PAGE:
Baja Travesia 2007
By Barrie Adsett
Wow! Where do you start to describe this journey. Team Equinox
; Kristine Gillis, Steve Moore and myself, had a great 5-day adventure crossing from Ensenada to San Felipe.
Steve, Kristine, Barrie - Team Equinox
The race began with a 56 Km kayak leg (18K to CP1, 16K to CP2 and 22K to CP3), then a 50K bike followed by a 16K trek. Another bike section of 58K uphill and a 17K flat (kind-of) cross-country trek. Then a 28K bike in the mountains and an 18K canyon section. An auto rally section (100K) and a final 10K desert trek to the boats for a 14K paddle on the Sea of Cortez.
Anyone who knows about the race knows about (B) the CANYON and (A) the SEAS. Everything else was instantly a blur, but the details are sinking in. The hi-lights are definitely A and B.
8 AM Tuesday March 27
, the 2007 version of Baja Travesia begins in the calm Ensenada harbor waters. Outside the harbor confines, the sea swells are about 6-10 feet with the forecast of swells building. There is a slight 8 mph wind and the forecast is that it could build to a steady 15-20 mph with gusts up to 30 mph. Racers and organizers have been watching the weather all week as a north storm pounded Southern California and the sling-shot trail is coming toward the Baja. It was predicted to hit Sunday night, then Monday, now Tuesday. We are all hoping the forecast is wrong – as it often is.
The forecast is correct this day.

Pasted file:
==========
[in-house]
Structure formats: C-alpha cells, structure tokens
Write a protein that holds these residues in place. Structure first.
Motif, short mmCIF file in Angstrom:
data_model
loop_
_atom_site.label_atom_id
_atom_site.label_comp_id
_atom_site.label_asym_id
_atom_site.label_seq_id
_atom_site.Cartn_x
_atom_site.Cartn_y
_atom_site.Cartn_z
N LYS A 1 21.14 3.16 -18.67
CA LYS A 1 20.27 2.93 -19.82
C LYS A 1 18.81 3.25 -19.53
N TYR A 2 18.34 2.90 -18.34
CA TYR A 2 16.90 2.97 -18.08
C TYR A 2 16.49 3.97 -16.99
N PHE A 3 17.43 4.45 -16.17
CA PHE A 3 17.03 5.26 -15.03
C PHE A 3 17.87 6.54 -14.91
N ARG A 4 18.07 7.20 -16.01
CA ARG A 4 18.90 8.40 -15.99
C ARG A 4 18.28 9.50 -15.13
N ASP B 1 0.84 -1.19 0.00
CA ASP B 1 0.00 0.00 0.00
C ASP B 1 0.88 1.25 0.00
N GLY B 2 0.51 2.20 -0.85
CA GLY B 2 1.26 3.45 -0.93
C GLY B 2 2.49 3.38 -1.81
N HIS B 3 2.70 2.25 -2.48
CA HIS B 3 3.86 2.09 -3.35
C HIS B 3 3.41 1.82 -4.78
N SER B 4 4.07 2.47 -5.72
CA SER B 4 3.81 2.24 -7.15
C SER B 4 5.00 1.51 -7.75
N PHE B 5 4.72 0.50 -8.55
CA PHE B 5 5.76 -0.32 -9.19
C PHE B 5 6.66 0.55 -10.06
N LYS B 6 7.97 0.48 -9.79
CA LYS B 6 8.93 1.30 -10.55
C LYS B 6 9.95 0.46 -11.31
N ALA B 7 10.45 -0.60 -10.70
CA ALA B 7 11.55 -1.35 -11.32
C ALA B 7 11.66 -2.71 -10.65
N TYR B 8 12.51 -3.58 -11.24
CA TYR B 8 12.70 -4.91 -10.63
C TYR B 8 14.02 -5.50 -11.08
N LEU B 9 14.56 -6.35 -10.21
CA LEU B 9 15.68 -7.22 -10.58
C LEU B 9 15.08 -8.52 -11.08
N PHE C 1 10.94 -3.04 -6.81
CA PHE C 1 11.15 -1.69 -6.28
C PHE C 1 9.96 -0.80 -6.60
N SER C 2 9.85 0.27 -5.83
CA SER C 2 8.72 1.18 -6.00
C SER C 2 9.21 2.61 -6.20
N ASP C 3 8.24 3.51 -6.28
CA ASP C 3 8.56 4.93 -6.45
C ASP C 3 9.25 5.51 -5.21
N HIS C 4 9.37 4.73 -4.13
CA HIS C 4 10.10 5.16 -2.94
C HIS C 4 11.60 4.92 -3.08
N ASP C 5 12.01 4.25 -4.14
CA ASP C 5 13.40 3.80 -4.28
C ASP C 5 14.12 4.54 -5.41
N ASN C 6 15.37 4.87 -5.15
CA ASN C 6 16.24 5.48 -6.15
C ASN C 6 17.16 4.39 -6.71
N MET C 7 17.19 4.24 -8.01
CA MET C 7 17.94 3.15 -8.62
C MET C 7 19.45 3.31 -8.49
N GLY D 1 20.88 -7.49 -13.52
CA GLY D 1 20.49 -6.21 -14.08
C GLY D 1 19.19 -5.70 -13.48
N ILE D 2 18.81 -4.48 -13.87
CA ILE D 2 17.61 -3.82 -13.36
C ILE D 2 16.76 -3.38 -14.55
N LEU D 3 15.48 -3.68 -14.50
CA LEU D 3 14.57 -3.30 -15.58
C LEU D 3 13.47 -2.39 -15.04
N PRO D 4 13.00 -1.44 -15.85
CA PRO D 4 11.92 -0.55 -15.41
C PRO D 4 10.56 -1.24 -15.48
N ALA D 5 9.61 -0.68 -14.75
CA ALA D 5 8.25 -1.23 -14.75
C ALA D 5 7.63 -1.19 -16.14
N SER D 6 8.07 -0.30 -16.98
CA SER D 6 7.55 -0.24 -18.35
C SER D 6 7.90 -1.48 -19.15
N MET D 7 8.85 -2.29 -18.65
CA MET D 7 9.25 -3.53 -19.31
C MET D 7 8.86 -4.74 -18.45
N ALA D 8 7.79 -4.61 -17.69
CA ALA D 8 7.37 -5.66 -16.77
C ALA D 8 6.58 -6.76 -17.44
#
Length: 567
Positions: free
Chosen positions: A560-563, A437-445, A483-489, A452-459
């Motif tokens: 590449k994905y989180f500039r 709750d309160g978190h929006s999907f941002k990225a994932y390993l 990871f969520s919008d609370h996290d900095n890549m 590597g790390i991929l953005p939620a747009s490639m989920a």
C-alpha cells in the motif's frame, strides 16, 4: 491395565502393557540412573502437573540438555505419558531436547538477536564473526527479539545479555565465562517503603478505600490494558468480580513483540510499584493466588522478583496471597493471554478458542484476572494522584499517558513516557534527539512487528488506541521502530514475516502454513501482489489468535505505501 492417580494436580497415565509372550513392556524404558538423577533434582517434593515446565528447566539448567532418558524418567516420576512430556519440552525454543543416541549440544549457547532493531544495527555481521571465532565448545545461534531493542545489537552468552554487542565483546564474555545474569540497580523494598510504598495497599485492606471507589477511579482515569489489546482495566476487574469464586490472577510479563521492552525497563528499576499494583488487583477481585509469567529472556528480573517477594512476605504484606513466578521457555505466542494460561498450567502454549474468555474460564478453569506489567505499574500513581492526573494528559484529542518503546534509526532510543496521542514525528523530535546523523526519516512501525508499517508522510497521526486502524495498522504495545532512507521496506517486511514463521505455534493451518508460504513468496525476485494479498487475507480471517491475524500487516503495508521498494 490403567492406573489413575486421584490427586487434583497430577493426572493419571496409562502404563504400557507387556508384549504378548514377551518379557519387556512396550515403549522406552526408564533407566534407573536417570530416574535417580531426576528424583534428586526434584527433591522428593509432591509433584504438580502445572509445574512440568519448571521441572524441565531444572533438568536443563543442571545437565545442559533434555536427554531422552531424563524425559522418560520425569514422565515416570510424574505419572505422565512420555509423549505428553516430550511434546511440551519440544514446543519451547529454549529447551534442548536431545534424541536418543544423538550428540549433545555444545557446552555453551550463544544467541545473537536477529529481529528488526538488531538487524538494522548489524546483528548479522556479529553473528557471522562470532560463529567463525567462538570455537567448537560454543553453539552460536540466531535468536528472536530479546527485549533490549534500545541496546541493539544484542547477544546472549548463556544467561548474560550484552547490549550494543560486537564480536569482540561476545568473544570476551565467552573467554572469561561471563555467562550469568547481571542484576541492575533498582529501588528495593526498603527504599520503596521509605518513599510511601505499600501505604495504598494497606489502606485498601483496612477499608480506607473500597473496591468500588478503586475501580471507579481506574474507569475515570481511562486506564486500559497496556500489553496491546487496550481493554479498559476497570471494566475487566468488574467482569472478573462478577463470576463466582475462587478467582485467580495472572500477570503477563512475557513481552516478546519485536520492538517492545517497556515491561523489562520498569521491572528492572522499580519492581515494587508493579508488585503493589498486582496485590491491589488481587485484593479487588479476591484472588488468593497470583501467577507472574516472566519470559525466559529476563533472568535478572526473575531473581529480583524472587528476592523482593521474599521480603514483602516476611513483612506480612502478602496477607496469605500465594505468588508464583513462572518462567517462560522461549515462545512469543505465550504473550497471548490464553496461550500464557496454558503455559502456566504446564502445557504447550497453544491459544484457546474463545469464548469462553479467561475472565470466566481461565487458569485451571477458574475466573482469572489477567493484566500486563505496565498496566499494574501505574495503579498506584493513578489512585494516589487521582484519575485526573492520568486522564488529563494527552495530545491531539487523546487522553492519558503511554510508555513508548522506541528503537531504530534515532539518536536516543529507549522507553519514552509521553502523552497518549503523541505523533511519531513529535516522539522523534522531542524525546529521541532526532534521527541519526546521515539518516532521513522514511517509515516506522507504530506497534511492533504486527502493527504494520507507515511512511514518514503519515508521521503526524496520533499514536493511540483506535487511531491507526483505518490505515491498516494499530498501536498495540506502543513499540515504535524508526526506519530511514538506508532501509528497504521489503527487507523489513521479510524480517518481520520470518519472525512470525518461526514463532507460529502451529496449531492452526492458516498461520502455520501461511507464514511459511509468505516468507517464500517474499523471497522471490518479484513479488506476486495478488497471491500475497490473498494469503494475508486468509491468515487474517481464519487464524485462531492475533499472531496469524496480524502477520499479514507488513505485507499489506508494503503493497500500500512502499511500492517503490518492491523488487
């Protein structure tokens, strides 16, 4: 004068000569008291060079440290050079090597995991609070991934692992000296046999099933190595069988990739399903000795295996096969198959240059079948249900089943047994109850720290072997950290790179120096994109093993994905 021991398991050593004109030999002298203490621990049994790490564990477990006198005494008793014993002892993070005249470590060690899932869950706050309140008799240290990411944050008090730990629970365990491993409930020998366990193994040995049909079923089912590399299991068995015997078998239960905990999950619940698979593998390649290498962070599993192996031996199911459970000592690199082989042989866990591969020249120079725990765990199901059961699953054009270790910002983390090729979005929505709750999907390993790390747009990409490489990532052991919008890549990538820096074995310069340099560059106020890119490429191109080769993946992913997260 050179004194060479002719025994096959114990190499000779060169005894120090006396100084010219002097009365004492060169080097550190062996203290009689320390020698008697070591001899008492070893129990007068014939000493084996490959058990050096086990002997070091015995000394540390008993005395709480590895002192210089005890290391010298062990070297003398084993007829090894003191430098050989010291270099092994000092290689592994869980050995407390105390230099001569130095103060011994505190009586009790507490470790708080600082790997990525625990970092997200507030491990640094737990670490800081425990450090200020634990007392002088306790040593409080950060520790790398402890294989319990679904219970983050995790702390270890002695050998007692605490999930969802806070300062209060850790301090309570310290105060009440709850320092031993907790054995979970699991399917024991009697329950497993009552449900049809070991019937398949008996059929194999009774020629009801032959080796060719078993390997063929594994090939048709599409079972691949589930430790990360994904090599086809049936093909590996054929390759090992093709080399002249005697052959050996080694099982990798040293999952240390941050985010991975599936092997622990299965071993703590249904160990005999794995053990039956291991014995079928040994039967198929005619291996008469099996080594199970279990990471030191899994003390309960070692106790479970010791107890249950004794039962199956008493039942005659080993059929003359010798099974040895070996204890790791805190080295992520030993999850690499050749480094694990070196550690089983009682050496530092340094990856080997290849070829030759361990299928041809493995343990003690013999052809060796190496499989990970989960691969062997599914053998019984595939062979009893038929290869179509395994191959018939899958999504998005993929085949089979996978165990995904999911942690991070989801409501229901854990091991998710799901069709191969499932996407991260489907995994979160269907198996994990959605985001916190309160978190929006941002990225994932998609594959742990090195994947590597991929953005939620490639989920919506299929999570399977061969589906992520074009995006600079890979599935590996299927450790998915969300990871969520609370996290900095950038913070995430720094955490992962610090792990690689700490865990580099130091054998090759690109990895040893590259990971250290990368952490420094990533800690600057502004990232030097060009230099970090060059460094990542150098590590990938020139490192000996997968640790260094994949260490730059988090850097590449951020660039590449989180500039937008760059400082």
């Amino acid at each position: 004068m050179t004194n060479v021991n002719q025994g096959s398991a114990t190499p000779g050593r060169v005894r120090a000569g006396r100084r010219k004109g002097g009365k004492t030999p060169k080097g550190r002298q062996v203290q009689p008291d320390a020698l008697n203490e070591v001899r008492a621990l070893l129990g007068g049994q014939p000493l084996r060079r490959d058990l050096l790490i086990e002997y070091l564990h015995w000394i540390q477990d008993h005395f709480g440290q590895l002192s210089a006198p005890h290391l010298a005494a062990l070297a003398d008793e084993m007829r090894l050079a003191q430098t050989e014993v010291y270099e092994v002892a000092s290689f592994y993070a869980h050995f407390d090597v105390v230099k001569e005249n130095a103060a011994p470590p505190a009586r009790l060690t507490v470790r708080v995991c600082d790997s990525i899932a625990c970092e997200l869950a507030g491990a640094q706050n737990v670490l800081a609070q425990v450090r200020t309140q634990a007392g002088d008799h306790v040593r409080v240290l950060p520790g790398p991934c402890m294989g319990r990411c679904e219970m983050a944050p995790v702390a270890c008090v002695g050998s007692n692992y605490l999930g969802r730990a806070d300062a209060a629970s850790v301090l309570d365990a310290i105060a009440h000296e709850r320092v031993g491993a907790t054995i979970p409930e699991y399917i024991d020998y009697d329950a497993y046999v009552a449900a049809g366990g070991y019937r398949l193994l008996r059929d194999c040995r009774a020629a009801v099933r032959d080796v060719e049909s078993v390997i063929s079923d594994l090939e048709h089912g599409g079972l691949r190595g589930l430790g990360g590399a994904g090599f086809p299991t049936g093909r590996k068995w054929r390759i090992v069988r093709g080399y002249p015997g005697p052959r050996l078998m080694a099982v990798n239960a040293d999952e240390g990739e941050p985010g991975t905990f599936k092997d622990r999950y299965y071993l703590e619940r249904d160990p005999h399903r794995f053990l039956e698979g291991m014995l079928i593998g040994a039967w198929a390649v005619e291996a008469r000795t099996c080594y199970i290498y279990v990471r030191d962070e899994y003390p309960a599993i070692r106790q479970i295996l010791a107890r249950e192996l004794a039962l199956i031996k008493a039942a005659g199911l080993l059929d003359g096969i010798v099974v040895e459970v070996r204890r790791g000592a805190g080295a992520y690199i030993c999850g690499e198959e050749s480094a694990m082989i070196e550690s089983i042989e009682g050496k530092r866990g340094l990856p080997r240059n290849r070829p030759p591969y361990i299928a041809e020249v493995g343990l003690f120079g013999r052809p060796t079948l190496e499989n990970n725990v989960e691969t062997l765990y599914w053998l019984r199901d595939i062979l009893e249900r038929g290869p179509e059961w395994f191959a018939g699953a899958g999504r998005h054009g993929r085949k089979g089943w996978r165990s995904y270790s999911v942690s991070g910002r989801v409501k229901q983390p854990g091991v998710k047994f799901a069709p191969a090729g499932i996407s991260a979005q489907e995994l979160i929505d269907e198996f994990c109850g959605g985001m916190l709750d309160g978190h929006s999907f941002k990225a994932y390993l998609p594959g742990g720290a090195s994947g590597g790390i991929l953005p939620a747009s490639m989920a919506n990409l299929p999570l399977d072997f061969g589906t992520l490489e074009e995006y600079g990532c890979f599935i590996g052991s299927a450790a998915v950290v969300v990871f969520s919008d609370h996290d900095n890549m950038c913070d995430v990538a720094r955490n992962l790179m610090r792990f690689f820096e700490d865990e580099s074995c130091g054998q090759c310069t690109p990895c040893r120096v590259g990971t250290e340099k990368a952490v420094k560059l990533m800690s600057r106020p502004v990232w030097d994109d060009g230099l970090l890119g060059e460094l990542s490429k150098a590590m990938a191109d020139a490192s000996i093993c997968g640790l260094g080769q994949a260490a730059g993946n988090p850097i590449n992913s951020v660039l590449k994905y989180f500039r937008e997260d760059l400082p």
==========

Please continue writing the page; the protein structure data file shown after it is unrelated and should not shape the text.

As we paddled out past the sea wall, headed westerly for Todos Santos (the island that has a reputation with surfers for holding a perfect 30 foot wave) the calm waters became a cauldron. This leg was into the wind and into the swell. Because we are not close to shore these are not waves, they are swells, from the top of the roller you dip down 10+ feet to the bottom, then up again. Each time you are down you see nobody, the swell hides all other boats and only the highest peaks of land are seen. It is intimidating and this 3-5 day race is only 30 minutes old.
We want to paddle to the south end of the island but the wind whips up surface waves that crash on the boats and force us to head more to the north to go directly into the wind and waves. I’m actually very excited. Hammering into the surf. This is pure fun.
(I was hoping to have a picture of the big swells - but have been told there are no photos of the angry ocean on that day, drat. If anyone has a photo to add to the story please email me and I will include it)